Understanding Wastewater Recycling – Grey Water
The theme of this year’s World Water Week is ‘Water and Waste – Reduce and Reuse’; both key actions that are at the forefront of saving our water resources. We want to draw attention to wastewater recycling, as it is a crucial process and if managed correctly, can save freshwater resources and limit our overall public demand. Recycling water reduces water usage; an obvious but very paramount idea. Water serves many areas of our lives, including flushing our toilets and irrigating our gardens; actions that do not need the same level of purity to our drinking water.
Grey water (or greywater) is the wastewater from our laundry, showers/bath drains and sinks. It gets washed down our drains and wasted by adding to sewage and combining with black water (the water from our toilets). It is a resource that can be recycled, if stored and potentially treated correctly. The system itself, collects all water from non-toilet plumbing sources and flows into a storage tank, or can be siphoned directly, depending on the method used. It would then be treated, either in the tank itself if using chemicals, or filtered naturally based on different sustainable designs. This would finally be discharged back into the ground or pumped back into the toilet, depending on the system installed. There are many different types of systems and treatments, scaling from direct/natural methods to fully automated installations.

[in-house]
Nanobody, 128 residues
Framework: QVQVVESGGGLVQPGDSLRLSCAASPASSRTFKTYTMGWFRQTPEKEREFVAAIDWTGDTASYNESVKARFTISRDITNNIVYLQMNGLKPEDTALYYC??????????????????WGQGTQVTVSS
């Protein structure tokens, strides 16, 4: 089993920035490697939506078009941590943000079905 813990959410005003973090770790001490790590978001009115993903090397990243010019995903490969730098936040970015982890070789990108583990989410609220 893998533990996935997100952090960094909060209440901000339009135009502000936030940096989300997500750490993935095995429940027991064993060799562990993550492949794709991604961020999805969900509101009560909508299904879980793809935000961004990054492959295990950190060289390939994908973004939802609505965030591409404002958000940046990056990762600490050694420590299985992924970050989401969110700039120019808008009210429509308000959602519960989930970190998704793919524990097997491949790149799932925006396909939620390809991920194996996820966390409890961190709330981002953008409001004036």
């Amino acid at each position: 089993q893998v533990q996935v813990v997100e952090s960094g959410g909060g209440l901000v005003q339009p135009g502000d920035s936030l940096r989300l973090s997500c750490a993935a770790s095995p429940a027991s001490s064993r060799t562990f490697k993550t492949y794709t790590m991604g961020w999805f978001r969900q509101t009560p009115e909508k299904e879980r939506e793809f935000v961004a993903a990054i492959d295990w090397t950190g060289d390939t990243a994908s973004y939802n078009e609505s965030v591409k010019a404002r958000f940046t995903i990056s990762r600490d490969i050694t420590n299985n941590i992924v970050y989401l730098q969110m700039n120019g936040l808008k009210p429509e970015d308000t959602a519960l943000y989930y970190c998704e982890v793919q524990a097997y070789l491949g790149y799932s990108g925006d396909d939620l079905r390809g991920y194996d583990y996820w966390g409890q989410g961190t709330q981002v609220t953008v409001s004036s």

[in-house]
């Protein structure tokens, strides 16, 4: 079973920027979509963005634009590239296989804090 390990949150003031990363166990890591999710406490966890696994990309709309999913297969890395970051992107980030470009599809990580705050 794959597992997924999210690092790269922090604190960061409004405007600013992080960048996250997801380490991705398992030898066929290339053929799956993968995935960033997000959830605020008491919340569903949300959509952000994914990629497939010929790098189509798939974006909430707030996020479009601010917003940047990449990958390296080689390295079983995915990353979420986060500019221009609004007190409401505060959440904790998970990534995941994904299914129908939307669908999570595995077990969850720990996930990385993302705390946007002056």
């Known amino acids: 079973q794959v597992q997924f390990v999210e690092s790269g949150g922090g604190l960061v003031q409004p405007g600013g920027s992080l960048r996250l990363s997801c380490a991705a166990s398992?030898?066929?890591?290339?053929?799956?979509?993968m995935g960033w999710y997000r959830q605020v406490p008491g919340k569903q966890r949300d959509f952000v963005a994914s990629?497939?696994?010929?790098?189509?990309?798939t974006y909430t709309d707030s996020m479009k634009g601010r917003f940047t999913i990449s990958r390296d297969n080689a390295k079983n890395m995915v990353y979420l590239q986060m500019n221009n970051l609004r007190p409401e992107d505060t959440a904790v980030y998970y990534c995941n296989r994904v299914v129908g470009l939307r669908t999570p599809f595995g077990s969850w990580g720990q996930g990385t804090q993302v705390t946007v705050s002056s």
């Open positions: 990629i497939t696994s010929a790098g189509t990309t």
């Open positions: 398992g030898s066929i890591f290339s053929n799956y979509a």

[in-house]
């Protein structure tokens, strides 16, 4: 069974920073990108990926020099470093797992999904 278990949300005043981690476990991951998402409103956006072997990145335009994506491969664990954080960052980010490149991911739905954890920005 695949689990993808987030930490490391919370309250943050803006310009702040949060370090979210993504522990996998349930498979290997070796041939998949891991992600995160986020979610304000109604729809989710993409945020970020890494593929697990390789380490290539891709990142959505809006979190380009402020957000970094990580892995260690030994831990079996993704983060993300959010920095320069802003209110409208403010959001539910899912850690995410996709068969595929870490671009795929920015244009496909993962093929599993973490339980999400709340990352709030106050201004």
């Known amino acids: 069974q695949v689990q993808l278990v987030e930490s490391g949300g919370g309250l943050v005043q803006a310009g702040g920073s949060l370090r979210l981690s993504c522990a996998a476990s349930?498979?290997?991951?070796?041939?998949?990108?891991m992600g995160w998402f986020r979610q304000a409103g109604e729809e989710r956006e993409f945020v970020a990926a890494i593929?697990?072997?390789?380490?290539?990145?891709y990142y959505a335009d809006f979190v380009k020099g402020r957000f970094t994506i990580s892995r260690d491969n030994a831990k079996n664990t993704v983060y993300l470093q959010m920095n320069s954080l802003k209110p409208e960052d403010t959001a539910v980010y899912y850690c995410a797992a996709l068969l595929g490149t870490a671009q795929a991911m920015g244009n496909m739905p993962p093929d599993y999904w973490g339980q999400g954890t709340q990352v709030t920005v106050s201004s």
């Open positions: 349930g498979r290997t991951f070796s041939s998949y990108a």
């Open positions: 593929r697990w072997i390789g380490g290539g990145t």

If the grey water is treated, it can be used for flushing the toilet and watering plants (including food-producing plants). Untreated grey water is suggested only for irrigation of non-food producing plants and should generally be used directly or quickly to avoid bacteria feeding on organic matter.
There are many benefits for using grey water to irrigate plants regarding nutritional value. This is due to the small quantities of compost present in the water itself. Another benefit of reusing grey water is reducing chemical usage as it encourages users to be more mindful with their own systems and the overall quality of their own grey water. As well as this, it helps recharge our ground water supplies, reduces the amount of wastewater entering the sewage system and saves fresh water being used when recycled water could be used as an alternative.
Managing grey water can be less environmentally friendly if the system requires a great amount of chemical treatment. However, there are ways to treat the water naturally, including using a sand filter method and wetland process. As well as this, using a direct system would require little to no treatment. Other issues that have been suggested with having a grey water system include the cost of installing a full system and the energy usage of the pump’s operation. However simple systems such as directly siphoning the water are cost-effective and easy to set up, requiring little maintenance.
It has also been suggested that using a grey water system is less cost effective than simply reducing your individual water consumption. Whilst reducing your water consumption is a key component, installing a simple grey water system and combining these methods lays a sustainable foundation and can create a greater impact.
Reduce and reuse. These are crucial actions that we need to implement to recharge and sustain our water levels effectively and immediately.